To the OP: it's not unlikely the majority, from dabbling to fulltime working in electronics, is going to have a problem like yours at one point or another, it's hard to avoid when fiddling with loose wires etc. The upside however is that you usually learn from mistakes, and the chances that it will happen again should be a lot smaller now already since you'll be paying more attention.

When I just started I fried a 500$ dev kit in a similar way, was my employer's not mine but still from that point on I became much more careful with loose wires and make sure a clamp is always properly clamped even when not strictly needed. And some time later I kinda fried my hand after holding a naked power supply PCB which was disconnected from mains but with the capcitors still charged, and my palm touched both pins of the fat main capacitor. Apart from the burning marks and a ton of adrenaline my entire arm felt really funny and when pulling away from the supply I apparently also smashed my hand into a metal shelve for extra bruising. Well, that never happened again. Even now, years later, when I'm in the proximity of something of which I know it holds a serious amount of energy, my brain still goes like 'RUN!'. Again, learned me to be more careful.

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jimmo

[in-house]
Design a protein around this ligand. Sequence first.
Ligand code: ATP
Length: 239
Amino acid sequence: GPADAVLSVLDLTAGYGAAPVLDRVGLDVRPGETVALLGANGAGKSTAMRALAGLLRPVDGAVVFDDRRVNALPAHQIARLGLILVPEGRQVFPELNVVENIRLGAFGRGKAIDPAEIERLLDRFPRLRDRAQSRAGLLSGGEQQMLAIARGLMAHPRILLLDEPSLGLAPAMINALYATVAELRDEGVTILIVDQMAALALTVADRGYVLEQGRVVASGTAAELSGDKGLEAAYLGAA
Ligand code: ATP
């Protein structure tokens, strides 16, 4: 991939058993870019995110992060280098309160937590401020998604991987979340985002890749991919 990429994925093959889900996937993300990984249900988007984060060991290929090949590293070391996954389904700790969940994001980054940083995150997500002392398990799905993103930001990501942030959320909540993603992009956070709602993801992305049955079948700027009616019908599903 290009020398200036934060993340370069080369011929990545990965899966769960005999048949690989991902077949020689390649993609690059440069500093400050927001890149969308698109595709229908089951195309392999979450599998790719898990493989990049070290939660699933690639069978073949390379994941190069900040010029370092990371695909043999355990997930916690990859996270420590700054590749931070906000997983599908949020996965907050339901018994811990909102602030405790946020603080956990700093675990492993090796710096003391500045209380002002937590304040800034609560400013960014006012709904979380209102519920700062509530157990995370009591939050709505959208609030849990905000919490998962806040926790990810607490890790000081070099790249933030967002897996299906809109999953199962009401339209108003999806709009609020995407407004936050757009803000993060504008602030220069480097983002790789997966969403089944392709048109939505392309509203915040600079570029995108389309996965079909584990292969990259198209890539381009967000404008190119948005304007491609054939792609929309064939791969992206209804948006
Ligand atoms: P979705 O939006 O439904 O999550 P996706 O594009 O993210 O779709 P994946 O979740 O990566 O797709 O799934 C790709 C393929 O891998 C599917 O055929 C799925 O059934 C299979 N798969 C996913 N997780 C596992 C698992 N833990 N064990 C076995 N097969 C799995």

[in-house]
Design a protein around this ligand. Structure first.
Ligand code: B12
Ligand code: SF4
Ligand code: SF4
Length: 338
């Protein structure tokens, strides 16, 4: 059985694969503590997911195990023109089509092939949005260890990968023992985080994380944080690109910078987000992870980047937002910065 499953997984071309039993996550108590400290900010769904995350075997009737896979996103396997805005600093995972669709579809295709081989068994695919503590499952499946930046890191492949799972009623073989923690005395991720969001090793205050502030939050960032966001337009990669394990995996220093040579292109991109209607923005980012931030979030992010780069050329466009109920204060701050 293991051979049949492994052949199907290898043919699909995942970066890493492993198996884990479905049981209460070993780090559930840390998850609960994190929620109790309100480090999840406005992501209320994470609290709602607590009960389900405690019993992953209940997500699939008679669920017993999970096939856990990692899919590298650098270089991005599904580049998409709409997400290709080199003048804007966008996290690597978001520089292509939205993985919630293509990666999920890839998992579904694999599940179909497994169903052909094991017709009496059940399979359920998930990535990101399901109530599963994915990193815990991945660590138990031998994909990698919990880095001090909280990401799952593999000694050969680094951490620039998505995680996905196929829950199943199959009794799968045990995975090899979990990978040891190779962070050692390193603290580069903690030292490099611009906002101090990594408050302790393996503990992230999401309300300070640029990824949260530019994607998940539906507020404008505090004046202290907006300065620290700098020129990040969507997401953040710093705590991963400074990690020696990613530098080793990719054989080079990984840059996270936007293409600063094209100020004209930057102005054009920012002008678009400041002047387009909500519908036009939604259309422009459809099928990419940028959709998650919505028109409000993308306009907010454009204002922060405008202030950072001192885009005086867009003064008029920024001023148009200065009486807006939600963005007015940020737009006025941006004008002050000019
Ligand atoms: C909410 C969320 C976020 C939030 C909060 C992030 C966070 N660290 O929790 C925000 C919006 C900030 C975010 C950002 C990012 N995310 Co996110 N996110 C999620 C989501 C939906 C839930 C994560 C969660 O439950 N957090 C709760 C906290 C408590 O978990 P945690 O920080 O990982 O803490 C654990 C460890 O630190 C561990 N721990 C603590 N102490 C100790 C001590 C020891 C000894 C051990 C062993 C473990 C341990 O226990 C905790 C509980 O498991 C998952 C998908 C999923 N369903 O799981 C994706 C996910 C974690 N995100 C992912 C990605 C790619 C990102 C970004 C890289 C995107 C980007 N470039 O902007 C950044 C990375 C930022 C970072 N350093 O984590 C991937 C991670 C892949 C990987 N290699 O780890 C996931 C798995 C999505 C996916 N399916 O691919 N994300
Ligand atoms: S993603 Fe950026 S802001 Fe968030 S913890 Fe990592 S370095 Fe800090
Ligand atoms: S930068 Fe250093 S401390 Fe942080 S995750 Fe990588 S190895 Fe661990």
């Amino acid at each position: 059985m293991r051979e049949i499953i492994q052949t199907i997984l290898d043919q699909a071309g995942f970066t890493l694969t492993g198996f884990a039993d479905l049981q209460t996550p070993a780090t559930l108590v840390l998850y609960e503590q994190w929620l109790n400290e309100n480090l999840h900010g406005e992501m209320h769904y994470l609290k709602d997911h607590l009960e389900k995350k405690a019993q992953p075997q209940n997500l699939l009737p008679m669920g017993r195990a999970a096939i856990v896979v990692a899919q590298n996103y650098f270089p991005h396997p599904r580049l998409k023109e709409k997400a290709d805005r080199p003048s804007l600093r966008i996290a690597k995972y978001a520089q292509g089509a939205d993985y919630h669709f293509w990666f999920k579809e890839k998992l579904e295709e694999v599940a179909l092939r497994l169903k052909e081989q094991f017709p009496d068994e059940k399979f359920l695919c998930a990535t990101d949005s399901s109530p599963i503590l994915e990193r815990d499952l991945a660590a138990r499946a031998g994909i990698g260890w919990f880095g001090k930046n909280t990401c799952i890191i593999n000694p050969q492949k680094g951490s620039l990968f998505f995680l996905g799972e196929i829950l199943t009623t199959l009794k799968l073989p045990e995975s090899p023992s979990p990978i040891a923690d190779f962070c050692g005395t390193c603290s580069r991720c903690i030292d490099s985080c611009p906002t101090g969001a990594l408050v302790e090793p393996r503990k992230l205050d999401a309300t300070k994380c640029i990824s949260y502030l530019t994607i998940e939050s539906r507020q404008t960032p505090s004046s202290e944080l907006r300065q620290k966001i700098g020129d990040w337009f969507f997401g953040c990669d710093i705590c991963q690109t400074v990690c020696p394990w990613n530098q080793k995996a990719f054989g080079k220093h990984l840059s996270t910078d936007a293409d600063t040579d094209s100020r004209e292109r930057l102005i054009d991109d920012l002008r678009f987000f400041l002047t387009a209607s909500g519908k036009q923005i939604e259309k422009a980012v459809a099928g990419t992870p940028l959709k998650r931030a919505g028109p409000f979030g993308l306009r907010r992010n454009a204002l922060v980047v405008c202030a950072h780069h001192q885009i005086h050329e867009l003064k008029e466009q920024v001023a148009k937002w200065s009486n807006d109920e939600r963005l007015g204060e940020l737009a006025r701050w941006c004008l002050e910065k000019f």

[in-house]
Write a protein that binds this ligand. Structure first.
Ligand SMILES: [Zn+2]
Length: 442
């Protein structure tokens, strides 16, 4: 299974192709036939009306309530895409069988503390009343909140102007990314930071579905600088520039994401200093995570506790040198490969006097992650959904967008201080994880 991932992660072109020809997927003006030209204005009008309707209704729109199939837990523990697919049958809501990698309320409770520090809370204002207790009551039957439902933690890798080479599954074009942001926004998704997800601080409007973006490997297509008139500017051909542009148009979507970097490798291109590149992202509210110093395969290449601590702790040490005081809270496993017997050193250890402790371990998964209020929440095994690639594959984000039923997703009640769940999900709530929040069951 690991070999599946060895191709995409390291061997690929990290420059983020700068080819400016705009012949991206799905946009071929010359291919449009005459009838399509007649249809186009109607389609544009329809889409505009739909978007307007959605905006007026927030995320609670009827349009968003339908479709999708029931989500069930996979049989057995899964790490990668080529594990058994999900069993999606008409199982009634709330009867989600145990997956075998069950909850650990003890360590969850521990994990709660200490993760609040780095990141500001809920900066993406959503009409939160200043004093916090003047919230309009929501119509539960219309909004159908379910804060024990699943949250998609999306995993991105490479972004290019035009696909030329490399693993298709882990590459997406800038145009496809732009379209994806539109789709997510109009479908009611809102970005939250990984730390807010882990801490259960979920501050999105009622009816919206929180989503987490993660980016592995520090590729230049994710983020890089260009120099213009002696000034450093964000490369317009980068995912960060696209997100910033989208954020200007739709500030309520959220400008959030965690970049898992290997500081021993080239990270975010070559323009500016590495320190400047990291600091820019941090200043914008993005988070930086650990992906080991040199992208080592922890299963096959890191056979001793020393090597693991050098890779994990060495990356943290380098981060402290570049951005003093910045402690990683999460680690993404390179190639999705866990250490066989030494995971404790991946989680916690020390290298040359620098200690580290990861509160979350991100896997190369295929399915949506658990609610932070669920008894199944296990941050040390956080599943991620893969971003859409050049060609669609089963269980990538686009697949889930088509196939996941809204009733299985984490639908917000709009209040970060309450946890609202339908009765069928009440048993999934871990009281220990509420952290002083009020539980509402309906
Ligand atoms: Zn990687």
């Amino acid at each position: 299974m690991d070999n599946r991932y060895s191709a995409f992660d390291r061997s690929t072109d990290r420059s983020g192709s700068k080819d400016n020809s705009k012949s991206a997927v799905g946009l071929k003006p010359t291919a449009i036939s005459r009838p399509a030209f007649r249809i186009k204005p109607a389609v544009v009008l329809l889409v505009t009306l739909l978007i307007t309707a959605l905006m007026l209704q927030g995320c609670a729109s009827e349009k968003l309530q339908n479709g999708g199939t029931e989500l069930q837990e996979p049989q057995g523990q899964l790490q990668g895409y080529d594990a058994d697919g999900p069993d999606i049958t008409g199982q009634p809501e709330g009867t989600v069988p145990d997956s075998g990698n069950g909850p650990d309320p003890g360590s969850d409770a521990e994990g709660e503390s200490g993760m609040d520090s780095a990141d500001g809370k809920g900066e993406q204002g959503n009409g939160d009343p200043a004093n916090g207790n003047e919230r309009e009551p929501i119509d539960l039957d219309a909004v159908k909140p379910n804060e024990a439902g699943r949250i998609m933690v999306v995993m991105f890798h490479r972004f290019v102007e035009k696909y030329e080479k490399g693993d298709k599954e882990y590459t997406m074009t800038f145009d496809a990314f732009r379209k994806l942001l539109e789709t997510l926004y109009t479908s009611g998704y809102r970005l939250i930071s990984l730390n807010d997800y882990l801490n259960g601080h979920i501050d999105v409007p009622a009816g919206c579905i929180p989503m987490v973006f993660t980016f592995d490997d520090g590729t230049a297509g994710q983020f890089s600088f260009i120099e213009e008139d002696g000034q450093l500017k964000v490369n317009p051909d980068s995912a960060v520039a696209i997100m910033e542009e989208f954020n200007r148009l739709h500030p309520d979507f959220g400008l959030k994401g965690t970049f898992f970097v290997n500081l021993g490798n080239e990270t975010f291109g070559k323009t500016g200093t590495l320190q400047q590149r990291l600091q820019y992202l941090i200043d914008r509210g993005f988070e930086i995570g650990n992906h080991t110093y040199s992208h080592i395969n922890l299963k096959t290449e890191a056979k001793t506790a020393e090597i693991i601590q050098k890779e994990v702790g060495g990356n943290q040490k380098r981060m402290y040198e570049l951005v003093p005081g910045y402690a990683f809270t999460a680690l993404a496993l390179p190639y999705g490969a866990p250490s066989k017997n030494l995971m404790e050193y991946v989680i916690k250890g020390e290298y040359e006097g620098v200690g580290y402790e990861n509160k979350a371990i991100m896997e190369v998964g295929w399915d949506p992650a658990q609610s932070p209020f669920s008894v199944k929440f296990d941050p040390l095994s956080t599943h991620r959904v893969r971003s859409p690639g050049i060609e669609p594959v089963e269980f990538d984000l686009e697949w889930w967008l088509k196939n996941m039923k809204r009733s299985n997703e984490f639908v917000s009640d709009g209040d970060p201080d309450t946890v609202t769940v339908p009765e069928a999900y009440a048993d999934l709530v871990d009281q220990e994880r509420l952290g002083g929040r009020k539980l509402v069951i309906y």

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Re: Anyone here want to share their stories about the first time they fried a micro:bit? - I'll share mine first.

Post by jimmo » Sun Oct 27, 2019 11:22 pm

stijn wrote:
Sun Oct 27, 2019 9:45 am
Good point, don't think I've ever seen a probe without it. Wonder why, could be because of historical/utility reasons; I find the signal end of a probe a better kind of clamp (though it cannot do everything a croc can).
They're usually removable, for high speed stuff you'll see a spring ground pin instead of the croc clip to minimise loop area.
https://i.stack.imgur.com/1yCGX.jpg

To the OP: Yep we've all been there! Sorry about your micro:bit :(

But as a sort of counter point (with apologies to the OP): I'm amazed at just how bulletproof the micro:bits are. I've probably seen close to 1000 micro:bits (a milli:bit?) go through some fairly heavy usage without a single failure. Admittedly we don't give the students access to any higher voltages than 5V...